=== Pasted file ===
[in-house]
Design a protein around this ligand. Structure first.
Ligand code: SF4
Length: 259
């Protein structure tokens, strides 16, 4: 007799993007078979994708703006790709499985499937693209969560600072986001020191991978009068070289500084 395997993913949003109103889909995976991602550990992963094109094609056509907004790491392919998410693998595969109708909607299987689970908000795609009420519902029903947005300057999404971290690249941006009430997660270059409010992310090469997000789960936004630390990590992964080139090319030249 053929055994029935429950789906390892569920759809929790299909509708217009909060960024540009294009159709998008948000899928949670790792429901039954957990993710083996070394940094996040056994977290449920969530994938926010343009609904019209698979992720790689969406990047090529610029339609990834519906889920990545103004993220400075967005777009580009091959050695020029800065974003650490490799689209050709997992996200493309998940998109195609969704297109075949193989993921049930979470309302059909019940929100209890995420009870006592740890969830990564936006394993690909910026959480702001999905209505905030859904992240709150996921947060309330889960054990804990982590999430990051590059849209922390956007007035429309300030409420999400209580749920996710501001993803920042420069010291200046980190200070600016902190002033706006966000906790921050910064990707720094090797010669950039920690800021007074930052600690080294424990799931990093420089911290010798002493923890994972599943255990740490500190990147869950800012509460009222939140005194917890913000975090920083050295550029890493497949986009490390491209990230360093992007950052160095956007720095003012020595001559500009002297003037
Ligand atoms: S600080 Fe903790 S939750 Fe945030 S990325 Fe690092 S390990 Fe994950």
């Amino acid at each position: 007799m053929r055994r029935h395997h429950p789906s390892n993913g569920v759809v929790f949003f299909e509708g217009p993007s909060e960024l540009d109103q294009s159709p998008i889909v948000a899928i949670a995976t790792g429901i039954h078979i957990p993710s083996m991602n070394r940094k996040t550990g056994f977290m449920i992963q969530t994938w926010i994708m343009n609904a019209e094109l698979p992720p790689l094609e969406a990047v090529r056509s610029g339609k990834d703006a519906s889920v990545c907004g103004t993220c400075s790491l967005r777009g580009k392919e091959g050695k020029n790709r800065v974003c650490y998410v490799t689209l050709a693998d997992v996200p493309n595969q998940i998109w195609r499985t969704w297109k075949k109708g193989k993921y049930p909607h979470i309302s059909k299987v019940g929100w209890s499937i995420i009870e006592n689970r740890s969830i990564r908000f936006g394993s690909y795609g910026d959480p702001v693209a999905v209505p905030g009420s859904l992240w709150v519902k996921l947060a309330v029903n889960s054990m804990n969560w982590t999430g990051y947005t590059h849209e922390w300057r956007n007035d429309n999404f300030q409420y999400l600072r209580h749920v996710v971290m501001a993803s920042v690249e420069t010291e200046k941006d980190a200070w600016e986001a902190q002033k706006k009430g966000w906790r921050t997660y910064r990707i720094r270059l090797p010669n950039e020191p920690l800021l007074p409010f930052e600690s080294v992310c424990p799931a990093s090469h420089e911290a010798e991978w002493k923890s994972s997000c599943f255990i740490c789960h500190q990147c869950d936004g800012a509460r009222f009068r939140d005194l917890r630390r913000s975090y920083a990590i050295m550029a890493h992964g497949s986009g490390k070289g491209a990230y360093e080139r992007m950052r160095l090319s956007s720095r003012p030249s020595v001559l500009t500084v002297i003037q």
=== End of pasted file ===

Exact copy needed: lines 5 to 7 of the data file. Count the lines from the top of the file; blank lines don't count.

């Protein structure tokens, strides 16, 4: 007799993007078979994708703006790709499985499937693209969560600072986001020191991978009068070289500084 395997993913949003109103889909995976991602550990992963094109094609056509907004790491392919998410693998595969109708909607299987689970908000795609009420519902029903947005300057999404971290690249941006009430997660270059409010992310090469997000789960936004630390990590992964080139090319030249 053929055994029935429950789906390892569920759809929790299909509708217009909060960024540009294009159709998008948000899928949670790792429901039954957990993710083996070394940094996040056994977290449920969530994938926010343009609904019209698979992720790689969406990047090529610029339609990834519906889920990545103004993220400075967005777009580009091959050695020029800065974003650490490799689209050709997992996200493309998940998109195609969704297109075949193989993921049930979470309302059909019940929100209890995420009870006592740890969830990564936006394993690909910026959480702001999905209505905030859904992240709150996921947060309330889960054990804990982590999430990051590059849209922390956007007035429309300030409420999400209580749920996710501001993803920042420069010291200046980190200070600016902190002033706006966000906790921050910064990707720094090797010669950039920690800021007074930052600690080294424990799931990093420089911290010798002493923890994972599943255990740490500190990147869950800012509460009222939140005194917890913000975090920083050295550029890493497949986009490390491209990230360093992007950052160095956007720095003012020595001559500009002297003037
Ligand atoms: S600080 Fe903790 S939750 Fe945030 S990325 Fe690092 S390990 Fe994950």
């Amino acid at each position: 007799m053929r055994r029935h395997h429950p789906s390892n993913g569920v759809v929790f949003f299909e509708g217009p993007s909060e960024l540009d109103q294009s159709p998008i889909v948000a899928i949670a995976t790792g429901i039954h078979i957990p993710s083996m991602n070394r940094k996040t550990g056994f977290m449920i992963q969530t994938w926010i994708m343009n609904a019209e094109l698979p992720p790689l094609e969406a990047v090529r056509s610029g339609k990834d703006a519906s889920v990545c907004g103004t993220c400075s790491l967005r777009g580009k392919e091959g050695k020029n790709r800065v974003c650490y998410v490799t689209l050709a693998d997992v996200p493309n595969q998940i998109w195609r499985t969704w297109k075949k109708g193989k993921y049930p909607h979470i309302s059909k299987v019940g929100w209890s499937i995420i009870e006592n689970r740890s969830i990564r908000f936006g394993s690909y795609g910026d959480p702001v693209a999905v209505p905030g009420s859904l992240w709150v519902k996921l947060a309330v029903n889960s054990m804990n969560w982590t999430g990051y947005t590059h849209e922390w300057r956007n007035d429309n999404f300030q409420y999400l600072r209580h749920v996710v971290m501001a993803s920042v690249e420069t010291e200046k941006d980190a200070w600016e986001a902190q002033k706006k009430g966000w906790r921050t997660y910064r990707i720094r270059l090797p010669n950039e020191p920690l800021l007074p409010f930052e600690s080294v992310c424990p799931a990093s090469h420089e911290a010798e991978w002493k923890s994972s997000c599943f255990i740490c789960h500190q990147c869950d936004g800012a509460r009222f009068r939140d005194l917890r630390r913000s975090y920083a990590i050295m550029a890493h992964g497949s986009g490390k070289g491209a990230y360093e080139r992007m950052r160095l090319s956007s720095r003012p030249s020595v001559l500009t500084v002297i003037q």